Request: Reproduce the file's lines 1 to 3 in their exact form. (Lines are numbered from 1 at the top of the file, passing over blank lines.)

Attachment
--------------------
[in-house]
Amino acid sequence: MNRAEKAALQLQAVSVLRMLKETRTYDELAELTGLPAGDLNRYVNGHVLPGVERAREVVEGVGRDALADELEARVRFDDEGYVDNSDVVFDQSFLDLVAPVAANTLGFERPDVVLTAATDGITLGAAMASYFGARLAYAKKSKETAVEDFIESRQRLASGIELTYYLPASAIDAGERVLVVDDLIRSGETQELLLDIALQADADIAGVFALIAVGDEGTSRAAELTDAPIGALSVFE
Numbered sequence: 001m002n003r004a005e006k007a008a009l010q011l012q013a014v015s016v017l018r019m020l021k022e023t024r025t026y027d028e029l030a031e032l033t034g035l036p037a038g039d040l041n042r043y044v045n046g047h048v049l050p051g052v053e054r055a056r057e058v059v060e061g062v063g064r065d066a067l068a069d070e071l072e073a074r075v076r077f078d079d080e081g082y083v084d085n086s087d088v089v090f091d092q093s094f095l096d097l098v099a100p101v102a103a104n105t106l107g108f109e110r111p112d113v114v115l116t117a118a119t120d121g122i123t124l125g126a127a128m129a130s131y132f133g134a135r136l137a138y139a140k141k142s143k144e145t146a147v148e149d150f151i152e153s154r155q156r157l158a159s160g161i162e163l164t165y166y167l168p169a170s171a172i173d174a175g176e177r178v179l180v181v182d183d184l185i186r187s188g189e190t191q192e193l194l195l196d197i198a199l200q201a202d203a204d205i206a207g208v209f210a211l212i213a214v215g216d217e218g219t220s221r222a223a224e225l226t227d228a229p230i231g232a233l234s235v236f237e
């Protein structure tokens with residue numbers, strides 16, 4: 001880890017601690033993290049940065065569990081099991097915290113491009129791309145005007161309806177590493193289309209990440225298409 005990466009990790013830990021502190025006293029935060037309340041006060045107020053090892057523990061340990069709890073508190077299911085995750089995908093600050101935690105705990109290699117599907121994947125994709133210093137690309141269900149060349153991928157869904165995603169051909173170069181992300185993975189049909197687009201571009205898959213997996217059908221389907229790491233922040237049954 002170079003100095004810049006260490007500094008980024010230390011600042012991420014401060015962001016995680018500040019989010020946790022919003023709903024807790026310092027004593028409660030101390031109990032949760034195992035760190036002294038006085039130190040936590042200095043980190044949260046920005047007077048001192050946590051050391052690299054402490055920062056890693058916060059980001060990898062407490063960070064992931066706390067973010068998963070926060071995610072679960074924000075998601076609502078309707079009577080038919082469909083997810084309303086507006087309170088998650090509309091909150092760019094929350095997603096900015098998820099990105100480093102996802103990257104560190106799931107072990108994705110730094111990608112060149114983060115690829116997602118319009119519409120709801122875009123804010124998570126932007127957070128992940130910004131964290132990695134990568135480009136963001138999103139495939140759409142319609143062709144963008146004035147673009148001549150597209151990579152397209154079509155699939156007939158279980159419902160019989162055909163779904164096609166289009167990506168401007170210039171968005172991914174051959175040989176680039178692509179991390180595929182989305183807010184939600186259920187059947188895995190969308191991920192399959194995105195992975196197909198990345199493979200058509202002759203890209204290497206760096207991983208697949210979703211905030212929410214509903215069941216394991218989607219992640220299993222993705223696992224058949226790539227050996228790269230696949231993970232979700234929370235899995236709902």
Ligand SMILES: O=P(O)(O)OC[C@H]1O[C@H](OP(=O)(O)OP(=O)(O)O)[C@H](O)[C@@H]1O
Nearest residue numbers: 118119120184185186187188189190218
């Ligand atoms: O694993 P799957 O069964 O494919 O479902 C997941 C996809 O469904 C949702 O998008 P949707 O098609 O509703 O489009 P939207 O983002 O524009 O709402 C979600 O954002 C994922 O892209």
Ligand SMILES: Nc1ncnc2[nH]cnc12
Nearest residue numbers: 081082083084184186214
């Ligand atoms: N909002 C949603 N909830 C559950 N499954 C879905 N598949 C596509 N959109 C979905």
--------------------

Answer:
[in-house]
Amino acid sequence: MNRAEKAALQLQAVSVLRMLKETRTYDELAELTGLPAGDLNRYVNGHVLPGVERAREVVEGVGRDALADELEARVRFDDEGYVDNSDVVFDQSFLDLVAPVAANTLGFERPDVVLTAATDGITLGAAMASYFGARLAYAKKSKETAVEDFIESRQRLASGIELTYYLPASAIDAGERVLVVDDLIRSGETQELLLDIALQADADIAGVFALIAVGDEGTSRAAELTDAPIGALSVFE
Numbered sequence: 001m002n003r004a005e006k007a008a009l010q011l012q013a014v015s016v017l018r019m020l021k022e023t024r025t026y027d028e029l030a031e032l033t034g035l036p037a038g039d040l041n042r043y044v045n046g047h048v049l050p051g052v053e054r055a056r057e058v059v060e061g062v063g064r065d066a067l068a069d070e071l072e073a074r075v076r077f078d079d080e081g082y083v084d085n086s087d088v089v090f091d092q093s094f095l096d097l098v099a100p101v102a103a104n105t106l107g108f109e110r111p112d113v114v115l116t117a118a119t120d121g122i123t124l125g126a127a128m129a130s131y132f133g134a135r136l137a138y139a140k141k142s143k144e145t146a147v148e149d150f151i152e153s154r155q156r157l158a159s160g161i162e163l164t165y166y167l168p169a170s171a172i173d174a175g176e177r178v179l180v181v182d183d184l185i186r187s188g189e190t191q192e193l194l195l196d197i198a199l200q201a202d203a204d205i206a207g208v209f210a211l212i213a214v215g216d217e218g219t220s221r222a223a224e225l226t227d228a229p230i231g232a233l234s235v236f237e